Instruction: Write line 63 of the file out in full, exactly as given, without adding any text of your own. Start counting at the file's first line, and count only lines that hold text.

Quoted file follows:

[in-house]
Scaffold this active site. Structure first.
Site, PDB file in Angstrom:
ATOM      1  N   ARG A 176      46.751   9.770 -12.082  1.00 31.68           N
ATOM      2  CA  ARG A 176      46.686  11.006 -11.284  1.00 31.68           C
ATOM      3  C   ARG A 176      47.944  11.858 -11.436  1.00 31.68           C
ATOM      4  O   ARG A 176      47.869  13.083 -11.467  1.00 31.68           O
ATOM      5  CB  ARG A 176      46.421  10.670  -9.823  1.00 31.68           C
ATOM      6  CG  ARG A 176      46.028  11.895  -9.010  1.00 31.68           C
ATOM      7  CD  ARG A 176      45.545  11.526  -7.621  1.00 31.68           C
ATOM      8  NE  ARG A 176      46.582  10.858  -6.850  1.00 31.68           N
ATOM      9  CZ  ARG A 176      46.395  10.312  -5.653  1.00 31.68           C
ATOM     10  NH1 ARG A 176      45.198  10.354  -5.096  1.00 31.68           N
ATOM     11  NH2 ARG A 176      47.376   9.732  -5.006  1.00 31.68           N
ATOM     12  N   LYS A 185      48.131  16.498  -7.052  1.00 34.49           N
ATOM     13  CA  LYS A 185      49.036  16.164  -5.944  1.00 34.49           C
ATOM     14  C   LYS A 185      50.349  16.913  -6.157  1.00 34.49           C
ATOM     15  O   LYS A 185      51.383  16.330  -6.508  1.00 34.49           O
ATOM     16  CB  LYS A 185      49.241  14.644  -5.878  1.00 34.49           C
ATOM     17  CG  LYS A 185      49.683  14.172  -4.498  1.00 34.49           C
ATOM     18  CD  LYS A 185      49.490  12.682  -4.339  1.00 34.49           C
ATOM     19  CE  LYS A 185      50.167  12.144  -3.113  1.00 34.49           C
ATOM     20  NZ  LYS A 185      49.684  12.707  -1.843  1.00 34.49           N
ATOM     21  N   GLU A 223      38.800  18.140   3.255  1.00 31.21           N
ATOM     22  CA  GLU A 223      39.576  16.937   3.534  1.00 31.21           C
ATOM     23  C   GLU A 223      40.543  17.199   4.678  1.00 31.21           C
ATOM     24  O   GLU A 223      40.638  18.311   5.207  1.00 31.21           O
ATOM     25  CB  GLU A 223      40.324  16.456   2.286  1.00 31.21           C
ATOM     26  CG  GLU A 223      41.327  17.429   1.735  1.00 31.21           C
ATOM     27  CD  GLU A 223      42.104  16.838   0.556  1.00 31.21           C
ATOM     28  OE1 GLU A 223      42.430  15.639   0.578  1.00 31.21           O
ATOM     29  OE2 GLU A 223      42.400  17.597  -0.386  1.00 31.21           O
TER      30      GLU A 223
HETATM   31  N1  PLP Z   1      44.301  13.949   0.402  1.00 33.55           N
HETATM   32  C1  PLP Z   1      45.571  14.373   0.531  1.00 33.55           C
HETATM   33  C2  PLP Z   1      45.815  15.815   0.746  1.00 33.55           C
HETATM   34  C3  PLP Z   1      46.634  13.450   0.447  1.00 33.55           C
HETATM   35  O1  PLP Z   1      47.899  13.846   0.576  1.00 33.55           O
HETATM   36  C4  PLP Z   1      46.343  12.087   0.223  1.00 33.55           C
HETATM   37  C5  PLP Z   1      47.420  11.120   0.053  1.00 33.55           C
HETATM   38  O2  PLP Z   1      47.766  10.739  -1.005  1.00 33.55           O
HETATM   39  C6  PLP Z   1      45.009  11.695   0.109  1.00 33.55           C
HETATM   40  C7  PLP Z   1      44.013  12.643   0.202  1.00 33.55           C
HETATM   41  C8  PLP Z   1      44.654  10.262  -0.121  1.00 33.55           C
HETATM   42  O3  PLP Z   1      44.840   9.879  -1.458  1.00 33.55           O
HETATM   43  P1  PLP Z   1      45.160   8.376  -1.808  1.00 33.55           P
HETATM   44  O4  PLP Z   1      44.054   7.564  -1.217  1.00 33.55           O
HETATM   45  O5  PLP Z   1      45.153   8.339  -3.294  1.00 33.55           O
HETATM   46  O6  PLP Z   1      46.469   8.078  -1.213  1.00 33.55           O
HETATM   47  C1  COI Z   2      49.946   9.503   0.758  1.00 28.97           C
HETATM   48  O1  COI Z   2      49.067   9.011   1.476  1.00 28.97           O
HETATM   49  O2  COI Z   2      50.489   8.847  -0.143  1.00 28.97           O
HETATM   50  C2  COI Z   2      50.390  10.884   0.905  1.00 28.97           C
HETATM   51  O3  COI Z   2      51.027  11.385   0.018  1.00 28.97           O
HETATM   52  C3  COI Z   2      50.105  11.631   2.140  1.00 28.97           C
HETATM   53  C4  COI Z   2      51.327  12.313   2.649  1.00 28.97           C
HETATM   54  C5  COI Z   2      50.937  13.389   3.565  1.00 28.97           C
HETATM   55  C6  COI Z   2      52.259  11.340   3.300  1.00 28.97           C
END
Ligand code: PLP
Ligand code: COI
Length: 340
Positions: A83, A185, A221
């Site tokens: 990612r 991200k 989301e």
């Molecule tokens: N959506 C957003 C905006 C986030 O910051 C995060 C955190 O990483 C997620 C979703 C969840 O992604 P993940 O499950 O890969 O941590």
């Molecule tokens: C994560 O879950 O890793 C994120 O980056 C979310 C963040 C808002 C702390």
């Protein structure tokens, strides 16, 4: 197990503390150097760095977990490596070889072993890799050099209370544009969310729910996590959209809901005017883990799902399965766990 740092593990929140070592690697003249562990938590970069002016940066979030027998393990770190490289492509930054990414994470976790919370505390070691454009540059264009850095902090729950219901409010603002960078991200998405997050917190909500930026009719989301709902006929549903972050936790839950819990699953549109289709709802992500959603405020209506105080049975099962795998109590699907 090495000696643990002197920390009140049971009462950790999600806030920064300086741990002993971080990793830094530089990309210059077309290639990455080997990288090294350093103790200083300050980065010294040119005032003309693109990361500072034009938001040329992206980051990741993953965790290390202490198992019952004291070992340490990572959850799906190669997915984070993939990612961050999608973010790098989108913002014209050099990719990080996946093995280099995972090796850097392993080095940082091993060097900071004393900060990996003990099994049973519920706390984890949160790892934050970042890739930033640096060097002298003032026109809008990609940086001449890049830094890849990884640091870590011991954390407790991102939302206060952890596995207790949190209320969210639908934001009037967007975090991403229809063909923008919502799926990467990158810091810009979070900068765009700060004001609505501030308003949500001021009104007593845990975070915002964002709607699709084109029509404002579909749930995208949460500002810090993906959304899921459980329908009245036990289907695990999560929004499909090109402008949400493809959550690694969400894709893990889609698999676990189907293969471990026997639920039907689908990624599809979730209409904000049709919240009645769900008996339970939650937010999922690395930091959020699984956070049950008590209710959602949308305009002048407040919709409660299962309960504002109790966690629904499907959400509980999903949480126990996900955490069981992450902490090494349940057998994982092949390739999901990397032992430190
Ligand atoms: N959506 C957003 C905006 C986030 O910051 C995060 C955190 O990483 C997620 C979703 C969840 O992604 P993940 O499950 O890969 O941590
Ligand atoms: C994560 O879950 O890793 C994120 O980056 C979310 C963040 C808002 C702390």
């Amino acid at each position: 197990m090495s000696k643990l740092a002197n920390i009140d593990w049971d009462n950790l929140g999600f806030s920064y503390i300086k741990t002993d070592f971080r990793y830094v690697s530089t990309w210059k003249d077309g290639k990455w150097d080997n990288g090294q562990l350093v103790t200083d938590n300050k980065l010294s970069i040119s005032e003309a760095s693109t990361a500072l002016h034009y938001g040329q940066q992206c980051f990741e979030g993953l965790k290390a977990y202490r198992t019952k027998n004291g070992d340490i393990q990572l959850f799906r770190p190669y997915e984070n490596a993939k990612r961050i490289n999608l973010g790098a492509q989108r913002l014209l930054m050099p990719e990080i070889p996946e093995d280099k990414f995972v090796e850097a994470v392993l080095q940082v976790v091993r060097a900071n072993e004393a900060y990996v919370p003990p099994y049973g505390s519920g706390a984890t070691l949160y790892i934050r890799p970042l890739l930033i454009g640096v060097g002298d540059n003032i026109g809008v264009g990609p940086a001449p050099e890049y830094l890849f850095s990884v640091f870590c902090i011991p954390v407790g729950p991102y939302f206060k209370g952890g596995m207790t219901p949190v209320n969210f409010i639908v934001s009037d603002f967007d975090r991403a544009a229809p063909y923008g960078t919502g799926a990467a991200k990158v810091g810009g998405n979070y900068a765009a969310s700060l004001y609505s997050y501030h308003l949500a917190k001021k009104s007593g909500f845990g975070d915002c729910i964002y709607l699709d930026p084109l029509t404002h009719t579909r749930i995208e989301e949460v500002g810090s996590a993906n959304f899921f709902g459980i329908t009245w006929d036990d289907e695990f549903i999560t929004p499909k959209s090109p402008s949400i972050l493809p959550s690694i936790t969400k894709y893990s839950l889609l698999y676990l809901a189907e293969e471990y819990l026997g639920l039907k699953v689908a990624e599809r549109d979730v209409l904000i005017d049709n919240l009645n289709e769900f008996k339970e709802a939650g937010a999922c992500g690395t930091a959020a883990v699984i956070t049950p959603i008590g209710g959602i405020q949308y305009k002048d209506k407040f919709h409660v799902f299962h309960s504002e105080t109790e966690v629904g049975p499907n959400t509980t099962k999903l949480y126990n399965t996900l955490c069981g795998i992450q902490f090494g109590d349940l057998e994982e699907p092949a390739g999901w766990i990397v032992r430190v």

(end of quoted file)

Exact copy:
Positions: A83, A185, A221